12. Oshav – Dried-Fruits Stew
Another vegetarian dish for Christmas Eve, and this time it’s a dessert. The traditional recipe for this dish is a combination of dried fruits, mostly prunes, and apples; pear is a very often addition.
Though the outcomes look pretty simple, Oshav also includes cinnamon and cloves when served, which make it a perfect warmful dessert for the cold holidays. You can either have it cold or hot, but the locals prefer to use it chilled.
Grilled And Fried Dishes You Must Try In Bulgaria
Don’t travel to Bulgaria without trying their fried and grilled foods. These traditional dishes stick to the comfort foods menu and can be used either as snacks or main meals.
13. Kebapche – Grilled Meat Kebabs
Sprouted from Middle Eastern cuisine and arrived in Bulgaria during the 14th and 15th centuries. But it’s only become a national food since the 20th century when countless street food stalls have shown up selling this delicacy.
Bulgarian ‘kebapche’ shares some similarities with the typical kebab. However, this minced meat is shaped to a cylindrical form like hotdogs before grilling.
The main ingredients include pork, black pepper, cumin, and salt; some recipes also call for minced beef. To serve kebapche as a breakfast, Bulgarians usually have it with French fries or sirene cheese, sometimes both. Nowadays, it’s also well-known as a drinking bait.
14. Meshana Skara – Mixed Grill
Bulgarians love meat! What is called ‘meshana skara’ indeed is a bunch of grilled meat along with some other grilled vegetables. And it’s not only served as a heavy-meat dish but also a famous drinking bait.
Typically, this dish is the combination of a pork skewer, a pork steak, some kebapche, and kyufte – another kind of grilled minced meat in Bulgarian culinary culture. Whether you’re a fan of BBQs or an actual pitmaster, don’t miss your chance to try this dish in Bulgaria.
15. Chushki Burek – Peppers Burek
Well, you can tell that The Bulgarians love bell peppers since they appear in many recipes. ‘Chushki burek’ is a famous dish that is made of eggs, sirene cheese, rice or flour, peppers, other spices, and herbs; all mixed together then brought to frying.
This traditional appetizer is served warm, along with salad and a Bulgarian garlic yogurt sauce. Suppose you’re a fan of modern fast food, Bulgarian chushki burek is not something to miss when you travel to this country.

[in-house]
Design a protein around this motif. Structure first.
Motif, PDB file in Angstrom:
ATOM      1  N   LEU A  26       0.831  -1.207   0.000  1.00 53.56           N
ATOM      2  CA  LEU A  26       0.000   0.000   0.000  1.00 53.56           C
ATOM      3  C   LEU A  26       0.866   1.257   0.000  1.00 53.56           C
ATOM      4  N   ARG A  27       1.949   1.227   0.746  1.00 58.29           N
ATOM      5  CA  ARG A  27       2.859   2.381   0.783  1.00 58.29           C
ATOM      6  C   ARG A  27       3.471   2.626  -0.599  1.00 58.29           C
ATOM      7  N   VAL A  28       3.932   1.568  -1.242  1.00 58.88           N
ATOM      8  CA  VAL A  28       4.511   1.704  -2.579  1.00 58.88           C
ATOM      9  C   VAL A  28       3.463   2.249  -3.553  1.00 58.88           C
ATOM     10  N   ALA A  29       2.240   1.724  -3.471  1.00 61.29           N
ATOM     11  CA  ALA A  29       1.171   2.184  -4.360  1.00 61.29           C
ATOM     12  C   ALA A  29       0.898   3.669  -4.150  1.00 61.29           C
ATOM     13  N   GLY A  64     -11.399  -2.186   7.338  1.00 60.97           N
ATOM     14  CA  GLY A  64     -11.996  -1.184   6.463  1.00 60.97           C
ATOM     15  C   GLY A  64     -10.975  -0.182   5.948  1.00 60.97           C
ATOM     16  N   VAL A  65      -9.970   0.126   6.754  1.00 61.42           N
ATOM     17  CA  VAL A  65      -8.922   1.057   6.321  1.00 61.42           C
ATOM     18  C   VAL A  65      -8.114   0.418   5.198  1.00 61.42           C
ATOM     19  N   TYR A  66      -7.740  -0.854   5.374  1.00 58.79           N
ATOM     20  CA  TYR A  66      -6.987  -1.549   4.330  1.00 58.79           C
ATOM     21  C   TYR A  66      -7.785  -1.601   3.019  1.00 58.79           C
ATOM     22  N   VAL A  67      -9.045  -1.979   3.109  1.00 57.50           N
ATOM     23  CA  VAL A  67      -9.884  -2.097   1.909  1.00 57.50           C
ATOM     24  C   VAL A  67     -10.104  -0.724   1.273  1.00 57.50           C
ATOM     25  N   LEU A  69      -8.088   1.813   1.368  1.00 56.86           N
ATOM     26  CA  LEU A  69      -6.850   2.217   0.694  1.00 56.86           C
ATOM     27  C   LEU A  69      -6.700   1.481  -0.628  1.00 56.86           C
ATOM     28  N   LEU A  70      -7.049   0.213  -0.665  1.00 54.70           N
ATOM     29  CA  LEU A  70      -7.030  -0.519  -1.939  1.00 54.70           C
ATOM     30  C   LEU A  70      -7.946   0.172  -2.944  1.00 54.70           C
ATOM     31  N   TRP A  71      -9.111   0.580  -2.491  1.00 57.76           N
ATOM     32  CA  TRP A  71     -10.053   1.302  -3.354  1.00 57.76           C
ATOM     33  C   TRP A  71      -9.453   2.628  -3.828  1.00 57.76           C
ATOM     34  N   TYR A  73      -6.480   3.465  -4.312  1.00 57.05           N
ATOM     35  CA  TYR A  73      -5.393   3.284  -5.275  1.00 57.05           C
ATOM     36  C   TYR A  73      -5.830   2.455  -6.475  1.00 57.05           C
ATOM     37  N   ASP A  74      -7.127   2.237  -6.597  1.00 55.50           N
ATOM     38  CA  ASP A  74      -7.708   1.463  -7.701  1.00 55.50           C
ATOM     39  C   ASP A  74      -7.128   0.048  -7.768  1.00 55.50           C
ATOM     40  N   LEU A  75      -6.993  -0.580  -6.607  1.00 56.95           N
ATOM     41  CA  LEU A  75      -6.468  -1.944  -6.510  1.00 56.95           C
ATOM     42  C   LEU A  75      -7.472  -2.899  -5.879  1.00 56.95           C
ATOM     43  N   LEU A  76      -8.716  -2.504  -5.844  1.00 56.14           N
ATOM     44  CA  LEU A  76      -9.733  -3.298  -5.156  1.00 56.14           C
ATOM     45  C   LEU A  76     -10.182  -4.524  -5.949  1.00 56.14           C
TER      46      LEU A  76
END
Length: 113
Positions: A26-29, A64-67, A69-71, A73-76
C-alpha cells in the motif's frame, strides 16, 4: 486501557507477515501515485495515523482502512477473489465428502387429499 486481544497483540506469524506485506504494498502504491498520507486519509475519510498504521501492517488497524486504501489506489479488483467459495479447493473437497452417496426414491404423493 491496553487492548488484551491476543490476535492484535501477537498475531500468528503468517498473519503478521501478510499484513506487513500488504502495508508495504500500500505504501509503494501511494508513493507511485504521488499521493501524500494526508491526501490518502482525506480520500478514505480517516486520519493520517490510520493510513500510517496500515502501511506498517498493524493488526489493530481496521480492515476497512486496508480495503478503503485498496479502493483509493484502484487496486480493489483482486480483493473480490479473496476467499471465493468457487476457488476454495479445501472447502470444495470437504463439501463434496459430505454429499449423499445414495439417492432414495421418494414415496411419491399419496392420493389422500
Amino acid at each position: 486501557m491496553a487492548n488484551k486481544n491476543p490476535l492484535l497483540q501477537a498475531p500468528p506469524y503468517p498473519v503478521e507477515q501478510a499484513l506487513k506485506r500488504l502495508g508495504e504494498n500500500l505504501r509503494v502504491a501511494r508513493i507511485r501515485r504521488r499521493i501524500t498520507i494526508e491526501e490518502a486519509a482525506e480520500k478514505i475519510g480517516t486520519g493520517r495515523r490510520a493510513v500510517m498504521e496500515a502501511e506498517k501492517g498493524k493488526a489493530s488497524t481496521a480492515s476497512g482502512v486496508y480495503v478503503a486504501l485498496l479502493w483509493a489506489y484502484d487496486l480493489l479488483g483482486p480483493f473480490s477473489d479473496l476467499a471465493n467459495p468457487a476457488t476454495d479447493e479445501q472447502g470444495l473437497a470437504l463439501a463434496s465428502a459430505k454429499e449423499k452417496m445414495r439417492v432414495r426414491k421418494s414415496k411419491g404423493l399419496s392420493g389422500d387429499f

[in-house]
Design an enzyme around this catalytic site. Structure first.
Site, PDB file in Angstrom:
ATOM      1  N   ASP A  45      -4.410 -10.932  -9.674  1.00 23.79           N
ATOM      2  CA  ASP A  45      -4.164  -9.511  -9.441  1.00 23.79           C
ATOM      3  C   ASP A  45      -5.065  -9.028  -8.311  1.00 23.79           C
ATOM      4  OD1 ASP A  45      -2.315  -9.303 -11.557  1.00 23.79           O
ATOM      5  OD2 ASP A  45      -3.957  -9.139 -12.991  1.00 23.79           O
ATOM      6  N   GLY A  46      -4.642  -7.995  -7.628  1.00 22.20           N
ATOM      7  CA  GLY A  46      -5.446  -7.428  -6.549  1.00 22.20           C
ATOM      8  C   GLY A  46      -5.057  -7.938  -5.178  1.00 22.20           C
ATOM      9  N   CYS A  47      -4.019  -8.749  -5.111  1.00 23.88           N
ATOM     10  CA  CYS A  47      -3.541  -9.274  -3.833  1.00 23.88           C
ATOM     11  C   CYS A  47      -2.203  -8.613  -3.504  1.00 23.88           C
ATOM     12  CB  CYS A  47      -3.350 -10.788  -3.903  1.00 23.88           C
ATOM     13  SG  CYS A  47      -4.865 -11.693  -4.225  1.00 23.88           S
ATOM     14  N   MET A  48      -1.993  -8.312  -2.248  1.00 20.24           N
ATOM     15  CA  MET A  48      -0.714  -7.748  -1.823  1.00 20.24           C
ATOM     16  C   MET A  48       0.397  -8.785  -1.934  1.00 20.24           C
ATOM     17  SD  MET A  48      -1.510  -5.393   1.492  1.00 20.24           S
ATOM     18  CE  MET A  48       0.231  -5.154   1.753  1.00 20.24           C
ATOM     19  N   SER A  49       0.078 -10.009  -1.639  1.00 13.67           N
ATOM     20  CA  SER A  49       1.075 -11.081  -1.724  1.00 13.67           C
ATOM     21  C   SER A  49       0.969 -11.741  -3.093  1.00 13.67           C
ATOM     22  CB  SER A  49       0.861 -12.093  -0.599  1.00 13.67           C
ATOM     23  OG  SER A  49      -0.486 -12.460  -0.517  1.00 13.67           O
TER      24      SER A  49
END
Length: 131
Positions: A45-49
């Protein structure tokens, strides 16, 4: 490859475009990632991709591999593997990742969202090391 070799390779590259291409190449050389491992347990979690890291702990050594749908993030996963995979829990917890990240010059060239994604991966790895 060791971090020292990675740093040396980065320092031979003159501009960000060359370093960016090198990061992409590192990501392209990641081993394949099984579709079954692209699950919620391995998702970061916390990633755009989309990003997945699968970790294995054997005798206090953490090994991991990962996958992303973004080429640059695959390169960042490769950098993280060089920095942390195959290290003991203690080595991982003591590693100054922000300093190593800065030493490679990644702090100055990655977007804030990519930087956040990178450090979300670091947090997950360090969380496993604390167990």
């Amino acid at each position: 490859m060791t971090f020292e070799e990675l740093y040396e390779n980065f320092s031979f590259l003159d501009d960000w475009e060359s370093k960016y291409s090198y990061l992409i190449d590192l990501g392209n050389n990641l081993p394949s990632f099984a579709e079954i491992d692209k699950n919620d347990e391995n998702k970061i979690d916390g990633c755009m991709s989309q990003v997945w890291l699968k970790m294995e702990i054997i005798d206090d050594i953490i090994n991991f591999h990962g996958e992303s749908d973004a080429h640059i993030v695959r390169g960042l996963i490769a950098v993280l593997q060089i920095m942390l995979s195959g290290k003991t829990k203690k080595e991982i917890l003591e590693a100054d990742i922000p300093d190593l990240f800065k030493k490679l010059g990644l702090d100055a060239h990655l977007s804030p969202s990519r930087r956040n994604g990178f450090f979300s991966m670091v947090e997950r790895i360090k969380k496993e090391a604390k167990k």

16. Mekitsa – Fried Dough
Invented during the 5th century, ‘mekitsa’ is a Bulgarian fried dough made of flour, eggs, water, salt, oil, leaven agent, and most crucial – Bulgarian yogurt. Though this bread is fried, its texture is meant to be soft as the Slavic root name ‘mek’ stands for ‘soft’ in English.
Mekitsa is usually used as a dessert in Bulgarian culture. You can choose multiple toppings for this beautifully fried dough, icing sugar, jam, caramel, honey, or once again, the traditional yogurt or cheese.
Find out the reaction of foreigners to mekitsa.
17. Palatchinki – Honey Butter Pancake
Palatschike is among the foods that are sprouted from the Greco-Roman period that are still widely used today. Therefore, you can also find this pancake in many other countries outside the Balkan regions.
However, the Bulgarian version is also relatable to the Middle Eastern one. No matter what the origin is, the folk here not only use palatschinke as a sweet dessert by topping it with cream and honey but also stuff it with savory fillings such as grilled meat.
What To Expect From Bulgarian Side Dishes?
Except for the salad and the ‘printsessa’, you can barely find the food below served as a meal or even on its own plate. However, if you take a closer look at Bulgarian gastronomy, these foods are everywhere, from different meals to different regions.
18. Shopska Salata – Shopska Salad
Due to the same similarity, many locals assumed that ‘Shopska Salata’ stemmed from the Shopi ethnographic group and had been served centuries ago. Others believed that this salad was an invention of Balkantourst – a local tour operator company – during the 1950s.
Whatever the origin is, the main ingredients of shopska salata are diced tomatoes, cucumbers, onions, peppers, and sirene cheese on top, with some parsley for garnishing.